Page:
I am an emergency room physician who has worked at Atlanta’s Grady Memorial Hospital for 17 years. I am also the first black woman to ever be hired as a faculty member, and thus have had the opportunity to teach students and doctors in training. Given that 85% of the patients of the 120,000 patients that cross our threshold annually are black, my hiring carried enormous symbolic weight.
Though we can’t yet confirm that physicians and patients of the same race improve health for minorities , we can still argue that increasing diversity in the healthcare professions is a worthy goal. We must move to a place where physicians can comfortably care for people of all cultures and patients can feel comfortable being cared for physicians from different cultures.
In my own experience, African-American grandmothers, mothers, sisters, aunts all want to give me a hug when they see me walk in the room to treat them or their loved ones: “Go ahead sister,” they might say, “we’re so glad and proud to see you”. I have also had many black patients tell me they were more comfortable talking with me about their history of abuse or addiction. That kind of rapport leads to better care and a healthier population.
If the Supreme Court had ruled in favor of Abigail Fisher in Fisher vs. The University of Texas today, which they did not, opportunities for physicians of color who could establish that rapport might have been significantly diminished.
To eliminate or significantly weaken affirmative action, which would have been the result of a Fisher victory, would deal a significant blow to the ability of undergraduate programs to recruit and create a diverse student population—some of whom will continue on to medical school. To be sure, that blow would weaken medical schools nationwide.
The American Association of Medical Colleges, the organization that includes all 138 accredited U.S and 17 accredited Canadian medical schools, nearly 400 major teaching hospitals like Grady also agree. The organization appealed to the Supreme Court to uphold the Grutter v Bollinger case.
Fisher’s case contends that she was denied admission to the University of Texas in because she is white. She and the groups that brought the case were asking for the Supreme Court’s ruling of ten years ago on this matter, in the case of Grutter v. Bollinger to be overturned.
In this landmark case, the United States Supreme Court upheld the affirmative action admissions policy of the University of Michigan Law School. Justice Sandra Day O’Connor, writing for the majority in a 5-4 decision, ruled that the University of Michigan Law School had a compelling interest in promoting class diversity.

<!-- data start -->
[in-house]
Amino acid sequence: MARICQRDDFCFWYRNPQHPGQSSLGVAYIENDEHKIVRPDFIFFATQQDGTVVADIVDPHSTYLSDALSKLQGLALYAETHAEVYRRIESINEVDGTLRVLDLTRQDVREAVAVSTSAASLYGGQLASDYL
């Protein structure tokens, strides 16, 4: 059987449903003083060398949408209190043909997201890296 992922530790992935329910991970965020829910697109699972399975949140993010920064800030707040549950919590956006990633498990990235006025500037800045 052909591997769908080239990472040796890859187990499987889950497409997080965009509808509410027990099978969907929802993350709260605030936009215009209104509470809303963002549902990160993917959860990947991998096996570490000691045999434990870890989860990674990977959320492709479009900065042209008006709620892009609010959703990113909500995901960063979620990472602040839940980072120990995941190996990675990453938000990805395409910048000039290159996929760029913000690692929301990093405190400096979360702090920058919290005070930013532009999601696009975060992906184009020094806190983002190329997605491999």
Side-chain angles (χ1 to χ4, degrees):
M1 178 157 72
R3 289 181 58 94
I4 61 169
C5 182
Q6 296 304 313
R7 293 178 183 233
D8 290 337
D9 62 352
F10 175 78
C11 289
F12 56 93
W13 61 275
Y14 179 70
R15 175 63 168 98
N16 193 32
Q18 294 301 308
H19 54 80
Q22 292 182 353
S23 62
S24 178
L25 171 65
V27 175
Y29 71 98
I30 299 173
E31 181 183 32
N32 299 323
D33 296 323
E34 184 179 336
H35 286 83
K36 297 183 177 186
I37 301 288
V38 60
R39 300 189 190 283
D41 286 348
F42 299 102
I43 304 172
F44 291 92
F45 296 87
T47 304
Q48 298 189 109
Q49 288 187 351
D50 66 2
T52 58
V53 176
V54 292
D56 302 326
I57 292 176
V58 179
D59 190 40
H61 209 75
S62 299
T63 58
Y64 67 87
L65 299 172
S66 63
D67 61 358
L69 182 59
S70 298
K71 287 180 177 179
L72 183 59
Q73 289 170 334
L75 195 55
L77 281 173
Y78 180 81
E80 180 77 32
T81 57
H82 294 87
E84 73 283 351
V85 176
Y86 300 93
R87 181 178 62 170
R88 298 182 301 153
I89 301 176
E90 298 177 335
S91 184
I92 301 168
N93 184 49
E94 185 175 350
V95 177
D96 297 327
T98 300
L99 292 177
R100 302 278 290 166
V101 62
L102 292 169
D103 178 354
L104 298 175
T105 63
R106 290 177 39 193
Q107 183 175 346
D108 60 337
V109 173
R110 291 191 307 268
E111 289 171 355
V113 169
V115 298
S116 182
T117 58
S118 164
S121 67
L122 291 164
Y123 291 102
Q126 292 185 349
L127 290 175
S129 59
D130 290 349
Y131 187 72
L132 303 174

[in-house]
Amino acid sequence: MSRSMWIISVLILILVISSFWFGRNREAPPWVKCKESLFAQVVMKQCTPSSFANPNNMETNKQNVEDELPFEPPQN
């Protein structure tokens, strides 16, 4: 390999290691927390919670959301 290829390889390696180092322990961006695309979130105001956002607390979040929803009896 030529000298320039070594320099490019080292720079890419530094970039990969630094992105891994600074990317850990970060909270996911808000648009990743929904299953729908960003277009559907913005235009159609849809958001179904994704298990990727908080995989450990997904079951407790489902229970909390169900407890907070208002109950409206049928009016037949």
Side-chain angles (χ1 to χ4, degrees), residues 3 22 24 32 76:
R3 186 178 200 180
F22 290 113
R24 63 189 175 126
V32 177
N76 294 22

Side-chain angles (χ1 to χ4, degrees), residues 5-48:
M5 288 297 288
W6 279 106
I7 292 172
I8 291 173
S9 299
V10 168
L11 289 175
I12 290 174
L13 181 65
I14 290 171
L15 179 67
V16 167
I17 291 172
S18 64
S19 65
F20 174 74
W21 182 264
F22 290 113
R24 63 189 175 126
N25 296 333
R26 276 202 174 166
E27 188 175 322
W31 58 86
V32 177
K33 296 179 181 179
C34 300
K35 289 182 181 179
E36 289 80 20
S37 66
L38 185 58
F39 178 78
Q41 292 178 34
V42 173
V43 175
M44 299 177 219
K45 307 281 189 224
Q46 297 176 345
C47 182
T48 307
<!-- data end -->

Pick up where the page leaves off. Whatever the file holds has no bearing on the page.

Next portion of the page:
There is clear evidence that Justice O’Connor was correct. In a review of multiple studies and noted in The Rationale for Diversity in the Health Professions: A review of the Evidence, minority patients tend to relate better to practitioners of their own race or ethnicity.
Dr. Joseph Betancourt, a senior scientist and program director at the Multicultural Affairs Office at the Massachusetts General Hospital, and an expert on culture and race, argues that doctors must be “culturally competent,” meaning that they a familiar with the cultural norms of their patients in order to better understand their health beliefs and behaviors of their patients. He emphasizes that doctors who are familiar with the cultural norms of their patients can better offer or explain the care those patients need.
It is estimated that by 2015 there will be a shortage of 63,000 physicians in the United States, a number that is projected to rise to 130,000 by 2025. This two-fold increase in the physician shortage would affect people of all races but mostly Black and Hispanic Physicians of color because the percentage of aspiring black and Hispanic physicians of color admitted to medical school has had minimal change in the past 30 years—affirmative action which impacts admission to college and universities is necessary to have any hope of raising those numbers.
In 2012, only 15% of students in U.S. medical schools and 23% of nursing students were underrepresented minorities, while such minorities comprise 36% of the total U.S. population. By 2042, people of color will be the majority population in the US, making cultural competence even more important.
Twenty years ago, I graduated from Howard University School of Medicine, a historically black institution with many classmates who look like me. But while historically black institutions like Meharry, Morehouse, and Howard are vital institutions, they do not produce enough African-American graduates to fill our growing needs, nor should they be the only institutions that produce African-American physicians—and we need physicians of all races and ethnicities. To return to the pre-affirmative action standards would only hurt us all. We can’t turn back the clock.
Sheryl Heron, MD is an associate professor in emergency medicine at Emory University and a Public Voices fellow with The OpEd Project. She practices at Grady Memorial Hospital in Atlanta.